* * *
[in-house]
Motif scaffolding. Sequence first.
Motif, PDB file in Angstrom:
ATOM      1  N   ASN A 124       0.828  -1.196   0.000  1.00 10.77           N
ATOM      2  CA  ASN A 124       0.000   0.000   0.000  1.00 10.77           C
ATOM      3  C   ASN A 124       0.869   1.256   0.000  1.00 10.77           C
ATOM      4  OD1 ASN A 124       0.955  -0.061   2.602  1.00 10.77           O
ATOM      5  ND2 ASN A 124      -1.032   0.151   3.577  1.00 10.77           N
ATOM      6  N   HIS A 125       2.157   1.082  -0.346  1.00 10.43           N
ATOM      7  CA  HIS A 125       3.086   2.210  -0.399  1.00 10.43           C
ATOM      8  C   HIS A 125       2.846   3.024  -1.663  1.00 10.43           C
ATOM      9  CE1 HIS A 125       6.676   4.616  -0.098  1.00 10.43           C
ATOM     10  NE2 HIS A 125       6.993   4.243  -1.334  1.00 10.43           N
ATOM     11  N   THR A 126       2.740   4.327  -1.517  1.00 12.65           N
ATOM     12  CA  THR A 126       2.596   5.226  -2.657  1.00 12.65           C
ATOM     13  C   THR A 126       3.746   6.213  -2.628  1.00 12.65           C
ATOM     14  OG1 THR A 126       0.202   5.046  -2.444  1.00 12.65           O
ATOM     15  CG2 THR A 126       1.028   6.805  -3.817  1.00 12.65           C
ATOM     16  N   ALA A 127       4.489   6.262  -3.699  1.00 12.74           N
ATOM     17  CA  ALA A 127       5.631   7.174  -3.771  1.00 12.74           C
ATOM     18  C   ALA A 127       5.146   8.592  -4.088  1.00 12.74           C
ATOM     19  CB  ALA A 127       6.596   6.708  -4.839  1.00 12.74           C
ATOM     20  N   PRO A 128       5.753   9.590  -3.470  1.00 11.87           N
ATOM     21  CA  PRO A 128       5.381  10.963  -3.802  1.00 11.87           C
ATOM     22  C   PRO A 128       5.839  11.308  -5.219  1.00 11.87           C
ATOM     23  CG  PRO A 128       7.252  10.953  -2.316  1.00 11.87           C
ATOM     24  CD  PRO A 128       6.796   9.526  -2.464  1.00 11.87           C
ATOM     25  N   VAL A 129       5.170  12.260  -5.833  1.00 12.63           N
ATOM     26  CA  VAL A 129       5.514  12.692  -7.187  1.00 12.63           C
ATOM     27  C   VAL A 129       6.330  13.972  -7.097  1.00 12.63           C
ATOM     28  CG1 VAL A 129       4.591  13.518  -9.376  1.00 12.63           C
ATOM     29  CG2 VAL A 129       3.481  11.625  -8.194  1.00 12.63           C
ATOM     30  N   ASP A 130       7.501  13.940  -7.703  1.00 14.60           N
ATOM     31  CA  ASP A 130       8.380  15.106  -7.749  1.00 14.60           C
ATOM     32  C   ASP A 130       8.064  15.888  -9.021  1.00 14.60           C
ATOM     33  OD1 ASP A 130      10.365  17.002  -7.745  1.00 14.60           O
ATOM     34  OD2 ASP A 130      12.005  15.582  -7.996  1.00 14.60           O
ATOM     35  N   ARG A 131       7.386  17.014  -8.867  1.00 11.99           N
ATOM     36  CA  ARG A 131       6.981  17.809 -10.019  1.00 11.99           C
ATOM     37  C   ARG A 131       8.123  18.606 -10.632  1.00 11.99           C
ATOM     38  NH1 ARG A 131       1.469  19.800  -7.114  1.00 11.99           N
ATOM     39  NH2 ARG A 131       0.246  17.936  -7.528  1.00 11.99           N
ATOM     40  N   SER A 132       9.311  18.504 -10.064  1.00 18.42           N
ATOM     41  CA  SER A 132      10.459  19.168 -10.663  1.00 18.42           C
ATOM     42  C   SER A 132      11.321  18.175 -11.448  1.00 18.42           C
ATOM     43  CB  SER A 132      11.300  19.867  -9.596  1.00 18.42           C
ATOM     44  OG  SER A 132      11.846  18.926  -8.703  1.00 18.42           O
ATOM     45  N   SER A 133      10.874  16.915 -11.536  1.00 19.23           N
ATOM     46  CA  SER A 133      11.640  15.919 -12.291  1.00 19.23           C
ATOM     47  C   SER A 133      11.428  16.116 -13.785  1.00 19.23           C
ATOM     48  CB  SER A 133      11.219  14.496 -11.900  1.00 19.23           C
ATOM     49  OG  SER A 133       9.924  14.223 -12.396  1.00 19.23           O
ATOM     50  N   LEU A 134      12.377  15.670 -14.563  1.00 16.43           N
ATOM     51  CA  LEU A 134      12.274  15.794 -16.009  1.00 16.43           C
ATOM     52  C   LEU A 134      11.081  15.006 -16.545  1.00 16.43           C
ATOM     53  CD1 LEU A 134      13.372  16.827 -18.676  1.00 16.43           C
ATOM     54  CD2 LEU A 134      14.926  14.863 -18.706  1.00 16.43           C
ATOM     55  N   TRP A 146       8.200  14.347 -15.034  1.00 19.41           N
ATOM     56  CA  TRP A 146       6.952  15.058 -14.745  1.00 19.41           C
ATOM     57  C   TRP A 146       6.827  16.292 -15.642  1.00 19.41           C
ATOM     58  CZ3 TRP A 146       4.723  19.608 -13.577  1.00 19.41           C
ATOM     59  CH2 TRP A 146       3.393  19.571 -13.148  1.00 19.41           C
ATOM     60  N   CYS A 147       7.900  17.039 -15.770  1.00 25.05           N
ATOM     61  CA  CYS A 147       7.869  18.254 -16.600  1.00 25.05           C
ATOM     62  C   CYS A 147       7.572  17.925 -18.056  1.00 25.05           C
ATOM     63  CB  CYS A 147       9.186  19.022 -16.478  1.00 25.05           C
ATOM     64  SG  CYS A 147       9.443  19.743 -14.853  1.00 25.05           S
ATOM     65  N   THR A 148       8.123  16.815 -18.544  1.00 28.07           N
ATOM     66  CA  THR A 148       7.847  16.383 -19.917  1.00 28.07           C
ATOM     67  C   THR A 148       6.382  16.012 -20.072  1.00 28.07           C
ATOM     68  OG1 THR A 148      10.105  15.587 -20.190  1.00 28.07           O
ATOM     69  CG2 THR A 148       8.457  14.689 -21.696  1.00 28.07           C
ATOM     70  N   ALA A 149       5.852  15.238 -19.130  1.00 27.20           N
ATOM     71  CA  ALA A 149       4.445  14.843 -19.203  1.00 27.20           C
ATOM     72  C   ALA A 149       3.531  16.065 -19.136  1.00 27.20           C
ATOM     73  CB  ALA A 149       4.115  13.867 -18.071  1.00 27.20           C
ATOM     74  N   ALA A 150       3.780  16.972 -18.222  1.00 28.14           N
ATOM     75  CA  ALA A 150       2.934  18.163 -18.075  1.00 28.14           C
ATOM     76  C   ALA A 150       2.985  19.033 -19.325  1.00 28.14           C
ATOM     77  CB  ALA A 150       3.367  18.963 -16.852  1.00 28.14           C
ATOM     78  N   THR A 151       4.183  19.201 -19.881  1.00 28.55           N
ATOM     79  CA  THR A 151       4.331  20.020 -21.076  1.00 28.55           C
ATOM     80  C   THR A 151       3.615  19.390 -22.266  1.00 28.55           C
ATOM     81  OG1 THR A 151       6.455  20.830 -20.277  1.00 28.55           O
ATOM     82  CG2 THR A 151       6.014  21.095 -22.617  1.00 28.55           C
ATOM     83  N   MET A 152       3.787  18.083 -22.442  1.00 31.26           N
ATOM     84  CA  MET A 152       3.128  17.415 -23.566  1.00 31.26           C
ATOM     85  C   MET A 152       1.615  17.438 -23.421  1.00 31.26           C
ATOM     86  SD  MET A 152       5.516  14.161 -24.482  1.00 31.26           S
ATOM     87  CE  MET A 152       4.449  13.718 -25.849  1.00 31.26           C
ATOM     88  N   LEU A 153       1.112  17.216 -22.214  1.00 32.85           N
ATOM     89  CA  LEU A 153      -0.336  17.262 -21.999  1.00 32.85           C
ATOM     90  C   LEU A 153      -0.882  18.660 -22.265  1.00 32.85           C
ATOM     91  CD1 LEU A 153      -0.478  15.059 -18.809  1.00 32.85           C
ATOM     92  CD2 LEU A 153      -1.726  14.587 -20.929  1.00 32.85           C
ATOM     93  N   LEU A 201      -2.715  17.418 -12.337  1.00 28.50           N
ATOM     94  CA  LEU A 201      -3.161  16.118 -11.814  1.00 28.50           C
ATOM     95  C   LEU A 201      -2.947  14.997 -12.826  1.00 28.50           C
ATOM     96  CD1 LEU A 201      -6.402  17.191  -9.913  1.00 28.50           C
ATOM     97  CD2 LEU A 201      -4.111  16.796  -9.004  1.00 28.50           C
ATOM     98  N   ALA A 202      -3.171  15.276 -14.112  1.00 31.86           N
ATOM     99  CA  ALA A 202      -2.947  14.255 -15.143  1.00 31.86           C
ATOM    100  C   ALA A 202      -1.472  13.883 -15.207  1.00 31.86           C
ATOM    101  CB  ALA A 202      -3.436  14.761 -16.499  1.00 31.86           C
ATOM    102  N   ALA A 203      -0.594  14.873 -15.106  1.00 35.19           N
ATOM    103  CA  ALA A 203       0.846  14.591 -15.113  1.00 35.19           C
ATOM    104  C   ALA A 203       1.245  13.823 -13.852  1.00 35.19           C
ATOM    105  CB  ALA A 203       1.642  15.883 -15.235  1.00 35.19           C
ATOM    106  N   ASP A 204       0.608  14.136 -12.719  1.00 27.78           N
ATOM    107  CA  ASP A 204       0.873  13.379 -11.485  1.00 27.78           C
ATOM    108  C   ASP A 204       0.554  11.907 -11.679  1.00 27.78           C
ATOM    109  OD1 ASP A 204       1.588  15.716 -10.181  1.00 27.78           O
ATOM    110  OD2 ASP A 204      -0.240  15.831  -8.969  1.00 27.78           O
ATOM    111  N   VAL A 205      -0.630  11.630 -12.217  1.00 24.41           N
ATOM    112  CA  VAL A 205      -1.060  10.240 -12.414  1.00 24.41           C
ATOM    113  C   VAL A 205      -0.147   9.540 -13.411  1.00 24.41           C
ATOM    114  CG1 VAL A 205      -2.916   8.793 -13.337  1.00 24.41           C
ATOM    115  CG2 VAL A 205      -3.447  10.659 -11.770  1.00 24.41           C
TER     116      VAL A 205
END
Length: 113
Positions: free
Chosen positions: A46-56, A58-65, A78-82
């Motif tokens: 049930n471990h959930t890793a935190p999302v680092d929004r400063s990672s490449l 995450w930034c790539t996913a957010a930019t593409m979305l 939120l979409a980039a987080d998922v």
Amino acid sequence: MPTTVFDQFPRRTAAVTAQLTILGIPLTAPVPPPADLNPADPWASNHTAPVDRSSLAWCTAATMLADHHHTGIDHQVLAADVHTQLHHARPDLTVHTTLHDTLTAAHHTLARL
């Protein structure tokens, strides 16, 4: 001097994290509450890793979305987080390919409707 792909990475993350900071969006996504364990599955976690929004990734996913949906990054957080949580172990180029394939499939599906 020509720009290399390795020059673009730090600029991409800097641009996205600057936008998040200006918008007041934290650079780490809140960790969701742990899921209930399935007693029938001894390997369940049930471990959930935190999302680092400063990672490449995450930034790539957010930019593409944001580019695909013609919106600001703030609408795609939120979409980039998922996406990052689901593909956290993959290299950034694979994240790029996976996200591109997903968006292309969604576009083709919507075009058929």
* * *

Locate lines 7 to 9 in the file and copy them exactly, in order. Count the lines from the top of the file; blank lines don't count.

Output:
ATOM      4  OD1 ASN A 124       0.955  -0.061   2.602  1.00 10.77           O
ATOM      5  ND2 ASN A 124      -1.032   0.151   3.577  1.00 10.77           N
ATOM      6  N   HIS A 125       2.157   1.082  -0.346  1.00 10.43           N